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Archive for July, 2009

Ragtime – E.L.Doctorow – A Review

Posted by Vish Mangalapalli on July 1, 2009

Don’t play this piece fast. It is never right to play ragtime fast — Scott Joplin

The march of history is impersonal, relentless and randomly mechanistic in its own way. We just dont know in which direction the mechanism works. Maybe that prompted the famous historian Sir Herbert Butterfield to say that “History is just one bloody thing after another.” Shorn of any reverence and romanticism, I sometimes feel that history is just that – one bloody thing after another. Yet to look back at these sequentially bloody things and make sense of them can be a very fascinating experience. I always enjoyed reading books that gave me a sense of history. Especially those books which give me perspectives of history seen and experienced by ordinary people living through momentous changes. E.L.Doctrow’Ragtime is one such book that I have read in the recent past where history is blended with fiction to produce a brilliant concoction of fictionalised history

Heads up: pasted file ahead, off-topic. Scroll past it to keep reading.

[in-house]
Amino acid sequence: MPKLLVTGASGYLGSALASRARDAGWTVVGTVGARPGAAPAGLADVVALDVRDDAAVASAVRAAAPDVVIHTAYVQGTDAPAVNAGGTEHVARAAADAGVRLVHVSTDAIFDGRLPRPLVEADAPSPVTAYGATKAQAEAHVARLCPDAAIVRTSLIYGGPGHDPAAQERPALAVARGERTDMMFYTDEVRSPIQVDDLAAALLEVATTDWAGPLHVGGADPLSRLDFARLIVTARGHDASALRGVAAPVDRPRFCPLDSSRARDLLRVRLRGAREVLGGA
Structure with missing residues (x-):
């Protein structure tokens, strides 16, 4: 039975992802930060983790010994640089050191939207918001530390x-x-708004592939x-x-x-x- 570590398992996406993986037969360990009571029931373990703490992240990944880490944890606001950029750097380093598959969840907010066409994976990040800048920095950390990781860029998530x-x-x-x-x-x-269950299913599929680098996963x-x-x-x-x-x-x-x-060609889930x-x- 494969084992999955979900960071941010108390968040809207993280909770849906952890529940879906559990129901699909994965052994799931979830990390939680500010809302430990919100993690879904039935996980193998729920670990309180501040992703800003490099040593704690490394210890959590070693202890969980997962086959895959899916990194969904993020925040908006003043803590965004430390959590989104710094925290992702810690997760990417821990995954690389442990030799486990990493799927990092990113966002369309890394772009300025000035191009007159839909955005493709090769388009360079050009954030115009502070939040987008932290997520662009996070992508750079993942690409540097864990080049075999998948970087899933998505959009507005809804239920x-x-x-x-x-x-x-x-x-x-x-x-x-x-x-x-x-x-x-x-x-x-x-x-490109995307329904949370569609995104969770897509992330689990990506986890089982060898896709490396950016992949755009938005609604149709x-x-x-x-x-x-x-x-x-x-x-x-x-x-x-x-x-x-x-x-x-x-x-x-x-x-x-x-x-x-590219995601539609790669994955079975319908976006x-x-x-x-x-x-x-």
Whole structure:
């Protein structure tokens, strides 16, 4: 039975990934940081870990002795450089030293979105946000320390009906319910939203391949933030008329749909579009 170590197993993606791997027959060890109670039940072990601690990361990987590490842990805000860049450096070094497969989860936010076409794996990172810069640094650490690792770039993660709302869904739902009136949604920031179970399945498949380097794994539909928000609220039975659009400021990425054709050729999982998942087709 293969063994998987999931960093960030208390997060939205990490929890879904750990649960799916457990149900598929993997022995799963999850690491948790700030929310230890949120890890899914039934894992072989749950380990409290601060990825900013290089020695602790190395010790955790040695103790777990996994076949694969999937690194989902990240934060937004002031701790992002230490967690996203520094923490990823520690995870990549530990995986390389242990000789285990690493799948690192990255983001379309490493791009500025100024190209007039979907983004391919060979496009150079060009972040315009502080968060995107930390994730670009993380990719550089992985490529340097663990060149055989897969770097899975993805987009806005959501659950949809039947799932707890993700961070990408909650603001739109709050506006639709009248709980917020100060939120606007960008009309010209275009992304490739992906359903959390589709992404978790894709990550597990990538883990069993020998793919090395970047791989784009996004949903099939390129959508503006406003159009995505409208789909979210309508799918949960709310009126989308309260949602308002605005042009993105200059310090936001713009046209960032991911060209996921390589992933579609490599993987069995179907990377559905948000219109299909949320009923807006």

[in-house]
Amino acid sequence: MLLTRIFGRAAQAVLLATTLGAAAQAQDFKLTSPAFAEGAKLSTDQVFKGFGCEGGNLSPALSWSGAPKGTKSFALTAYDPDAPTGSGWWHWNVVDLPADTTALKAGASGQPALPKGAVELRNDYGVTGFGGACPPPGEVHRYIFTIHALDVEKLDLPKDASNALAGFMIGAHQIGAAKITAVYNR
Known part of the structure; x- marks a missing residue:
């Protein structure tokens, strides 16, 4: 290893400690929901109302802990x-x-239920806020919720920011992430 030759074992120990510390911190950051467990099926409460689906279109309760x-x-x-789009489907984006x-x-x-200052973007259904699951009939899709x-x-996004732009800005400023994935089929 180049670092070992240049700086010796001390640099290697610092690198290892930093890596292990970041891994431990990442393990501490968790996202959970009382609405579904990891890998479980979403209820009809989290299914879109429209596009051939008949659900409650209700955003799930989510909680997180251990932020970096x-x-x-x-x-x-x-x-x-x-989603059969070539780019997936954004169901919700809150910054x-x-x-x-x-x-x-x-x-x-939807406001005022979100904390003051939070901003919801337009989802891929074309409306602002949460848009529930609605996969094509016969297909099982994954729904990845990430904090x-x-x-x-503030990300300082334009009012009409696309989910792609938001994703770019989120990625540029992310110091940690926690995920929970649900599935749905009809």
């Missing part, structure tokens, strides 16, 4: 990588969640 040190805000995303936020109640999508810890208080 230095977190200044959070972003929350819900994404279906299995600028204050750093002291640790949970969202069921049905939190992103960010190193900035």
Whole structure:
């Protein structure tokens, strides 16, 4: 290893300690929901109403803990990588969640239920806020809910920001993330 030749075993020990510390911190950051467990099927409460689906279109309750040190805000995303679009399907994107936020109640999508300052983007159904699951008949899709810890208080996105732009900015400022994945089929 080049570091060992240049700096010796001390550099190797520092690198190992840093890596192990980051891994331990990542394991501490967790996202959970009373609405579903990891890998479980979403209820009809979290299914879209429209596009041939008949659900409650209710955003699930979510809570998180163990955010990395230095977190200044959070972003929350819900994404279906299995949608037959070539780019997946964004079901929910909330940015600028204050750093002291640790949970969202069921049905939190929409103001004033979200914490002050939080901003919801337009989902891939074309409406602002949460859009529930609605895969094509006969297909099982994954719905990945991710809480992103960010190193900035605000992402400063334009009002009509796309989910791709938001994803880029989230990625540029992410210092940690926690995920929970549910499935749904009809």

The book is set in the early twentieth century when America was witnessing massive influx of immigrants, rise of wallstreet barons like J.P.Morgan, dehumanising changes in manufacturing ushered by the introduction of assembly line by Henry Ford, struggling, tottering and oppressed trade unionism, rising acceptance of anarchism and feminism, altering race relationships especially the rise of militant rejoinders as form assertion of black identity, growing popularity of cinema and the ubiquitousness of railroads. Into this kaldeioscopic flux of developments, Doctorow introduces us to CoalHouse Walker – a highly accomplished black pianist who after extended life of a wandering musician, comes to reclaim his lover Sarah and their child of wedlock. Sarah and the child are under the protection of a liberal minded and sympathetic white couple. For a large part of the book the son of this couple is the main narrator in the book. Walker is well mannered and given to very stylish living. In the course of his visits to Sarah, he becomes a victim of racial abuse and his car gets vandalised. Failing to obtain appropriate redressal, Walker seeks revenge by declaring war on the fire service force of NewYork. Sarah gets killed trying to lodge a petition with high ranked politicians. Enraged by this huge personal loss and as a last resort, he and a band of his followers takeover the private museum of J.P. Morgan and threaten to blow it up with dynamites. In this quest for justice, Walker is joined by the brother of Sarah’s protector who is a white man and who embraces the anarchist views of Emma Goldman. On a different note Doctorow also builds the story of a socialist worker and artist Tateh who disillusioned by the futility of trade unionism embraces capitalist ethos and undertakes making of movies for mass consumption. By dint of force Walker gets back his car rebuilt by the same people who vandalised it but in the process of surrender gets shot. The narrator’s family and Tateh come closer with the narrator’s mother getting married to Tateh. As multiple strands of the story starts to get intertwined, Doctorow mixes history with fiction imaginatively and in the process the reader gets to see Booker T Washington, Houdini, Freud, Roosevelt and Woodrow Wilson and the sowing of seeds for first world war along with a superb sense of the period